But all of this was evident before. Wasn’t Brazil’s economy based on commodities during the manic, go-go years? Wasn’t the byzantine regulatory and tax structure always in place? Didn’t everyone already realize that the supposed pump-priming loans of Brazil’s national development bank, BNDES, were unsustainable, crowding out the rational allocation of private credit and raising the specter of corruption?
And never mind the fact that the very same story was repeated thirty years before, when The New York Times lamented the collapse of the Brazilian economic miracle in 1983, with the opening line “Brazil is the country that might have become another Japan. Instead, it is flat broke, with a broken spirit and an empty treasury.”
So, with Brazil crashing and burning it was—briefly—Mexico’s time to bask in media adulation. Suddenly, especially after the inauguration of President Peña Nieto, Mexico had overcome the cascade of darkness and self-doubt that plagued it only a few years earlier. Its economy started to grow again and the benefits of cross-border production and technology transfer with the U.S. that never made their way into the media stories just a few years earlier became a favorite topic now. The Washington Times did an extended story on Mexico’s aeronautics industry and Tom Friedman got into the act publishing an op ed in the The New York Times titled “How Mexico Got Back Into the Game,” extolling the advances and potentials of the country’s economy. President Pena Neito even made it on the cover of Time magazine with the title “Saving Mexico.”
But the media-inspired swoon nosedived when it was revealed that 43 students disappeared in Iguala in the state of Guerrero apparently at the orders of a local mayor in collusion with a drug gang. Suddenly all the old doubts came back, and, in the throes of a full-on depressive attack,the media turned again, this time not stopping at the tragic fate of the students but also adding on the uncertainty of the telecoms reforms, the plunging price of oil and the outpouring of political frustration over the ongoing violence, allegations of corruption and the lack of political change. (Never mind that many of those trends were evident when Mexico was on a high; now they made for an airtight story of the country’s doom by resurrecting them and adding them to the current mix.)
So, now both Mexico and Brazil are on the outs. They are a mess, according to the media. Nothing to believe. Nothing good.
What are we to believe?
In reality, these countries and their economic and political situations are more complicated than they are usually presented in the U.S.—and not just in the past 15 years. We need to understand that Latin America is more than just a problem about to be quickly resolved or a region teetering on the brink of disaster. Rather, it is a diverse region in a process of non-linear development and change. And in that process the region has developed and improved, but those successes have not been shared by all. Regardless of economic swings and the bipolarity that plagues the coverage of the region, there are real stories—human and policy to be told here and real successes—albeit tempered by ongoing challenges. Unfortunately those points of view or nuance rarely make it into U.S. media coverage.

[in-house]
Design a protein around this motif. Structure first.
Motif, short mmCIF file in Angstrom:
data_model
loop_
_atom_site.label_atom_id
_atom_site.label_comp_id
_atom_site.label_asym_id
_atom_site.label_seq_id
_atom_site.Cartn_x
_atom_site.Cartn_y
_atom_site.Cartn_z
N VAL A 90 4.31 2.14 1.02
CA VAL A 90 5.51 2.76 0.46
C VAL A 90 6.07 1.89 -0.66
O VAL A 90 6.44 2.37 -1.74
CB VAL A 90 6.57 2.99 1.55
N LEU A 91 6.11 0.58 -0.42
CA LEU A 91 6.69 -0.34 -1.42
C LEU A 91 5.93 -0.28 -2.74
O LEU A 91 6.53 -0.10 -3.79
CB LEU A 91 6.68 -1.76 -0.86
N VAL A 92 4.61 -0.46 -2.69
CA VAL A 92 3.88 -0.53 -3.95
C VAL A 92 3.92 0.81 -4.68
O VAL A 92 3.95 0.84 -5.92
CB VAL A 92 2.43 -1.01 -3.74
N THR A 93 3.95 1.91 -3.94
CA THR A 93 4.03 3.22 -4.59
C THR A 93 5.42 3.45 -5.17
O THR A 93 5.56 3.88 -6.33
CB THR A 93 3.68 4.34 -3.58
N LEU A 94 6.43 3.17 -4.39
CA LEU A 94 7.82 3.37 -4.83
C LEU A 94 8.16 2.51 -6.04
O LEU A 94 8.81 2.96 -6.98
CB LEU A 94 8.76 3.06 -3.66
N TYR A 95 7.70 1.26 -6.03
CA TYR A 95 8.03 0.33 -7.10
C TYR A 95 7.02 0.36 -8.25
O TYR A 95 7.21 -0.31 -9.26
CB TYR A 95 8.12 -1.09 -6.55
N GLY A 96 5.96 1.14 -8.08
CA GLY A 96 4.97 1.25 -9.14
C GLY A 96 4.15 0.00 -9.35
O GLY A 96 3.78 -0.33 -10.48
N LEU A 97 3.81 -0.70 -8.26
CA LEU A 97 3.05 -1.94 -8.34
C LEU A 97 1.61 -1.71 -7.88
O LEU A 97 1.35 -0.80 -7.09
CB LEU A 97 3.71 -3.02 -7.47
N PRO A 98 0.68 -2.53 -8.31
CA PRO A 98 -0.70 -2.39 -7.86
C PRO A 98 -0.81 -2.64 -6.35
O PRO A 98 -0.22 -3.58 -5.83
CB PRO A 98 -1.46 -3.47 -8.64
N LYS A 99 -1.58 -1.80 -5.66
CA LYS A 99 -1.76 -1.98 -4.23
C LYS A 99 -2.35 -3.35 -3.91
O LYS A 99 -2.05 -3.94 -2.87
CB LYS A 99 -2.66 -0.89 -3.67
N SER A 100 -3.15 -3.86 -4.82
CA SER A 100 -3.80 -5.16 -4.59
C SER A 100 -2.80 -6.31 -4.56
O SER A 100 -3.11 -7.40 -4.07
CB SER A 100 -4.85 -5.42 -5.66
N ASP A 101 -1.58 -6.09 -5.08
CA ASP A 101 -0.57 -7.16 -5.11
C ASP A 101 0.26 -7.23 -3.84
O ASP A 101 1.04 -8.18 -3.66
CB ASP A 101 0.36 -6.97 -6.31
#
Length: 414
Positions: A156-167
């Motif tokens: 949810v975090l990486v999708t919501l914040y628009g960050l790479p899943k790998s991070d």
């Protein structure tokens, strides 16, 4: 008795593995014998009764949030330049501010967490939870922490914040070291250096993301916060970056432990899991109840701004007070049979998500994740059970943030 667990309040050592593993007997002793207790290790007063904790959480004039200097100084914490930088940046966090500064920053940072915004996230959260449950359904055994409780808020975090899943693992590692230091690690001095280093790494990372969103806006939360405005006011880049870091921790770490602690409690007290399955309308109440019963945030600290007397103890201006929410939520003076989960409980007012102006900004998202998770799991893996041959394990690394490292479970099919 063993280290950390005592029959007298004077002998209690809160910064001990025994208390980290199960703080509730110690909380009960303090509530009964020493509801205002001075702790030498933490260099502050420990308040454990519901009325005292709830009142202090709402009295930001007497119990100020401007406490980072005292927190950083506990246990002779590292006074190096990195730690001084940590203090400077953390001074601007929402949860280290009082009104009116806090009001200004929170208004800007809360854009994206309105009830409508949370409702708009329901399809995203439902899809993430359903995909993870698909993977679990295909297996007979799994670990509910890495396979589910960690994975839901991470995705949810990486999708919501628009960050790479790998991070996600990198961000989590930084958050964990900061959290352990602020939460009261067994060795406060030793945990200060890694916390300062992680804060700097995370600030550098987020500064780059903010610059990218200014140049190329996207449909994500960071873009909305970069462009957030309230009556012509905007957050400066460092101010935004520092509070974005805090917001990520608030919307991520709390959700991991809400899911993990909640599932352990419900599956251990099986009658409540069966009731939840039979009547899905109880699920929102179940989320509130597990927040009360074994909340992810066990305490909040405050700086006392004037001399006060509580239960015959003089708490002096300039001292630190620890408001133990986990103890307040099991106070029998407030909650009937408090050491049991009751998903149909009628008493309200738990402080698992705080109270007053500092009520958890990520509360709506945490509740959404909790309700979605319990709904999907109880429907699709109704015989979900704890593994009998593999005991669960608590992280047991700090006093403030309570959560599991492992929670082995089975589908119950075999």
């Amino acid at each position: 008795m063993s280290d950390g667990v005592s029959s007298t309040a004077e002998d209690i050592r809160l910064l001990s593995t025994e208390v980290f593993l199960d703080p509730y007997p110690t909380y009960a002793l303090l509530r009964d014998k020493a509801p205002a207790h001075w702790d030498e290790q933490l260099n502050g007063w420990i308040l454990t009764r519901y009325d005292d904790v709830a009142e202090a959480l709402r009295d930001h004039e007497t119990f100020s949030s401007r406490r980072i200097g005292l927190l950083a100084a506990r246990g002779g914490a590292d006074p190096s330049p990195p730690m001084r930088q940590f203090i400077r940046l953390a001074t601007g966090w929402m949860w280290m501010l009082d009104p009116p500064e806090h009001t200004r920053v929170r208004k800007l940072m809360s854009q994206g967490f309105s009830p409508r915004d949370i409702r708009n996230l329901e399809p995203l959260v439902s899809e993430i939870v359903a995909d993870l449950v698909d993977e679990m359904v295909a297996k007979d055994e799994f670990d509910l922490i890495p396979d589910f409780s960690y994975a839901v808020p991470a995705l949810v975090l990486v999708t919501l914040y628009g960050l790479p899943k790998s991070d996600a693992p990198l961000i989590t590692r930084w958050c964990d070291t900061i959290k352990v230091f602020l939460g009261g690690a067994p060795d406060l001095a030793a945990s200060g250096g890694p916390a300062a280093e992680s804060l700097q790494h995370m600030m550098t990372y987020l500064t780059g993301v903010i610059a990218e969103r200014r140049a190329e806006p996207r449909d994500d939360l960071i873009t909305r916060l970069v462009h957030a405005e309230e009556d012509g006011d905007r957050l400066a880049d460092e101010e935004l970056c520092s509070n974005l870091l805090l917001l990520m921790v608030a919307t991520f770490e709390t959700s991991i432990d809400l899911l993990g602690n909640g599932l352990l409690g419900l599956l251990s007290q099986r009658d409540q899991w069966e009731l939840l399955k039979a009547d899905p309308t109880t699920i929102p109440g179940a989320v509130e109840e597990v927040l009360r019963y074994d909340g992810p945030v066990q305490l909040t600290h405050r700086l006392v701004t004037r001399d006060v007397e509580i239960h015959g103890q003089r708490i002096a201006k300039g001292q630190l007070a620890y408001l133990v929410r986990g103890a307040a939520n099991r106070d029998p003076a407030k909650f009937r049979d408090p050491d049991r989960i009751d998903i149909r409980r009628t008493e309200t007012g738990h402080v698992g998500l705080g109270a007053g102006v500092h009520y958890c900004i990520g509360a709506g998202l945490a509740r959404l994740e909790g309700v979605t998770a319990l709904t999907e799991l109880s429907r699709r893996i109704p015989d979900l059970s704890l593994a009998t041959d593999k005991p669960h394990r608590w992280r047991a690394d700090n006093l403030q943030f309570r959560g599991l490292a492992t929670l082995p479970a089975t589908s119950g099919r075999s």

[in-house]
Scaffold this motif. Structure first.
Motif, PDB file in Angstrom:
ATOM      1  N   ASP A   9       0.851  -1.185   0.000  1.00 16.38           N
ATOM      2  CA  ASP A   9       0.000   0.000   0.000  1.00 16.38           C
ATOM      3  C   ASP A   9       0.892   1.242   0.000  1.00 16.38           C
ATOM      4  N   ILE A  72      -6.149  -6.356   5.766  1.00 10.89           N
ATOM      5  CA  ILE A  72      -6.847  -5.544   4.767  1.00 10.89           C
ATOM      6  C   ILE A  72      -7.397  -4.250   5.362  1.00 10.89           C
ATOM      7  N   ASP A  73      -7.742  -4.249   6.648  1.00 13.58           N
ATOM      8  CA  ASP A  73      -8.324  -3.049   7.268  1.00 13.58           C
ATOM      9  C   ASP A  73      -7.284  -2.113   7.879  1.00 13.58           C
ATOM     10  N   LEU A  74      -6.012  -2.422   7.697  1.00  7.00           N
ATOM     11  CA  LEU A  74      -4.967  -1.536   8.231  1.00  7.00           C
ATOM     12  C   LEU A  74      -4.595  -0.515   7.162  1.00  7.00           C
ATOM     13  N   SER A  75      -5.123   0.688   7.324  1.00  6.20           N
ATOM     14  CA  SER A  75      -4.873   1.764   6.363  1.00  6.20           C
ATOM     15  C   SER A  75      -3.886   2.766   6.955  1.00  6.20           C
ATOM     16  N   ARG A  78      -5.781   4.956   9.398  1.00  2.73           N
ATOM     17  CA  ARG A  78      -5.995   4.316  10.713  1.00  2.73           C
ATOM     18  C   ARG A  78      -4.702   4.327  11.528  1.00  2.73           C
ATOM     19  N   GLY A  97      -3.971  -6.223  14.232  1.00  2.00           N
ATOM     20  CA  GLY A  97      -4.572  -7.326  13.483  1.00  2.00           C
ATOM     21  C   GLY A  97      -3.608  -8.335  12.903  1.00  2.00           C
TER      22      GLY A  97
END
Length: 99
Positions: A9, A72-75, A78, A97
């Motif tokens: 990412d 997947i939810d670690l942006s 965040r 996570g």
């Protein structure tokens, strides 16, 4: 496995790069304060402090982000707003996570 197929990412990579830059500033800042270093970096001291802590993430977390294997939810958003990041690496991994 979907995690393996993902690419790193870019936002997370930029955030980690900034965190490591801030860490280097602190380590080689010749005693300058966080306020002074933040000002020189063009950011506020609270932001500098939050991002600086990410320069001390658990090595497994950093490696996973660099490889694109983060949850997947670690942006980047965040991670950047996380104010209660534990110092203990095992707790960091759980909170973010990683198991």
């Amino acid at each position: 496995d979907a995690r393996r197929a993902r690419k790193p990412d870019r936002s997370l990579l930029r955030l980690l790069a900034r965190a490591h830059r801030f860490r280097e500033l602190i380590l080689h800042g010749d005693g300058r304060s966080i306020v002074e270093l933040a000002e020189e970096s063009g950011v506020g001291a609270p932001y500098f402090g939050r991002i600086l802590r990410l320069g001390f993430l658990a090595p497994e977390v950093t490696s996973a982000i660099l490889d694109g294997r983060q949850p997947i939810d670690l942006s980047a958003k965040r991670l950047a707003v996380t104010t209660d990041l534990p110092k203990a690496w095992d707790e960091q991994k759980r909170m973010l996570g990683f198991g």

The real problem with this bipolarity in the media’s coverage of the region—and thus the public discussion around it—is that it shortens the time horizon for U.S. policymakers. That’s not to say that U.S. bureaucrats all mindlessly run scurrying off trying to fix the next problem of the country that the media has decided is the proximate sign that all is falling apart. But these trumped-up crises consume an inordinate amount of attention and risk, swaying both policy and public attention away from balanced and genuine political and socioeconomic gains that have occurred in region beyond the headlines.
Worse of all, perhaps, is that it also shapes Americans’ perception of the region. Ever wonder why U.S. citizens care or understand so little about the region? Maybe it has to do with the fact that they’re fed a steady diet of countries that once seemed on a glide path to success but then fail spectacularly.
Quite frankly, the region and those who care about it are far more sophisticated about Latin America. But you wouldn’t know it from the way it’s often presented in the media.